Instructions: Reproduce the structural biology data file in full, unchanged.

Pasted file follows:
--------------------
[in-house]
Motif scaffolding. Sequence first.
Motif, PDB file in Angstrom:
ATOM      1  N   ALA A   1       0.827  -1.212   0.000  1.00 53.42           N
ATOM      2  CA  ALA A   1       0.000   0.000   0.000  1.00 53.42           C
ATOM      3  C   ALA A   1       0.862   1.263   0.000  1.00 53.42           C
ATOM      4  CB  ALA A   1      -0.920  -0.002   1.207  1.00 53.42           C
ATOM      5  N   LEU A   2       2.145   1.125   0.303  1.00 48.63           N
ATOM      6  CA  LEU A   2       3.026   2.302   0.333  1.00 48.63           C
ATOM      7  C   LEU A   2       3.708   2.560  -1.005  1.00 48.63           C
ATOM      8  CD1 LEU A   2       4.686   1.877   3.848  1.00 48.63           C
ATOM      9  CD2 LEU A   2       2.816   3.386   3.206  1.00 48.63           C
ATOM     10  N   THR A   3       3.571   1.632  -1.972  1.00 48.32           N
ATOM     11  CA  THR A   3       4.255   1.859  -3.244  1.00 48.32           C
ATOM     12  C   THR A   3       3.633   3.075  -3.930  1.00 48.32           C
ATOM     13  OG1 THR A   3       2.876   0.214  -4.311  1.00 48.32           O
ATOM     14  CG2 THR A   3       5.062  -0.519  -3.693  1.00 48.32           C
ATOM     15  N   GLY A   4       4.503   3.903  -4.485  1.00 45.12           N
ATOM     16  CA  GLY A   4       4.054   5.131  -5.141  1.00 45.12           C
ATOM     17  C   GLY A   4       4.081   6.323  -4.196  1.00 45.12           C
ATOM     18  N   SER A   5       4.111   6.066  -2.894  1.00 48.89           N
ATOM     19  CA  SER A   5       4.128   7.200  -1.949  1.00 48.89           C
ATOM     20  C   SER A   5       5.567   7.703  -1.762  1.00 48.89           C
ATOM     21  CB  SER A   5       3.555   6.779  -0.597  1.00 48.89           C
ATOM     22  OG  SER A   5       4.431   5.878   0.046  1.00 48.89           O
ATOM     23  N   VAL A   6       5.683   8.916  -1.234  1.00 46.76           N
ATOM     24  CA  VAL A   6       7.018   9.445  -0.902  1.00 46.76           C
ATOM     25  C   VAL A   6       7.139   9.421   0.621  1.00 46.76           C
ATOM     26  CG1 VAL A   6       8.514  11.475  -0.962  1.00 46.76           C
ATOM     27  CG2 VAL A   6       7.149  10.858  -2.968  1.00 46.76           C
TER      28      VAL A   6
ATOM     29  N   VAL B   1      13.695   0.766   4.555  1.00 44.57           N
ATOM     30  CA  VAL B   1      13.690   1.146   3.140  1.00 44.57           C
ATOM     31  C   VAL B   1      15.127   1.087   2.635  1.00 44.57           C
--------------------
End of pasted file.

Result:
[in-house]
Motif scaffolding. Sequence first.
Motif, PDB file in Angstrom:
ATOM      1  N   ALA A   1       0.827  -1.212   0.000  1.00 53.42           N
ATOM      2  CA  ALA A   1       0.000   0.000   0.000  1.00 53.42           C
ATOM      3  C   ALA A   1       0.862   1.263   0.000  1.00 53.42           C
ATOM      4  CB  ALA A   1      -0.920  -0.002   1.207  1.00 53.42           C
ATOM      5  N   LEU A   2       2.145   1.125   0.303  1.00 48.63           N
ATOM      6  CA  LEU A   2       3.026   2.302   0.333  1.00 48.63           C
ATOM      7  C   LEU A   2       3.708   2.560  -1.005  1.00 48.63           C
ATOM      8  CD1 LEU A   2       4.686   1.877   3.848  1.00 48.63           C
ATOM      9  CD2 LEU A   2       2.816   3.386   3.206  1.00 48.63           C
ATOM     10  N   THR A   3       3.571   1.632  -1.972  1.00 48.32           N
ATOM     11  CA  THR A   3       4.255   1.859  -3.244  1.00 48.32           C
ATOM     12  C   THR A   3       3.633   3.075  -3.930  1.00 48.32           C
ATOM     13  OG1 THR A   3       2.876   0.214  -4.311  1.00 48.32           O
ATOM     14  CG2 THR A   3       5.062  -0.519  -3.693  1.00 48.32           C
ATOM     15  N   GLY A   4       4.503   3.903  -4.485  1.00 45.12           N
ATOM     16  CA  GLY A   4       4.054   5.131  -5.141  1.00 45.12           C
ATOM     17  C   GLY A   4       4.081   6.323  -4.196  1.00 45.12           C
ATOM     18  N   SER A   5       4.111   6.066  -2.894  1.00 48.89           N
ATOM     19  CA  SER A   5       4.128   7.200  -1.949  1.00 48.89           C
ATOM     20  C   SER A   5       5.567   7.703  -1.762  1.00 48.89           C
ATOM     21  CB  SER A   5       3.555   6.779  -0.597  1.00 48.89           C
ATOM     22  OG  SER A   5       4.431   5.878   0.046  1.00 48.89           O
ATOM     23  N   VAL A   6       5.683   8.916  -1.234  1.00 46.76           N
ATOM     24  CA  VAL A   6       7.018   9.445  -0.902  1.00 46.76           C
ATOM     25  C   VAL A   6       7.139   9.421   0.621  1.00 46.76           C
ATOM     26  CG1 VAL A   6       8.514  11.475  -0.962  1.00 46.76           C
ATOM     27  CG2 VAL A   6       7.149  10.858  -2.968  1.00 46.76           C
TER      28      VAL A   6
ATOM     29  N   VAL B   1      13.695   0.766   4.555  1.00 44.57           N
ATOM     30  CA  VAL B   1      13.690   1.146   3.140  1.00 44.57           C
ATOM     31  C   VAL B   1      15.127   1.087   2.635  1.00 44.57           C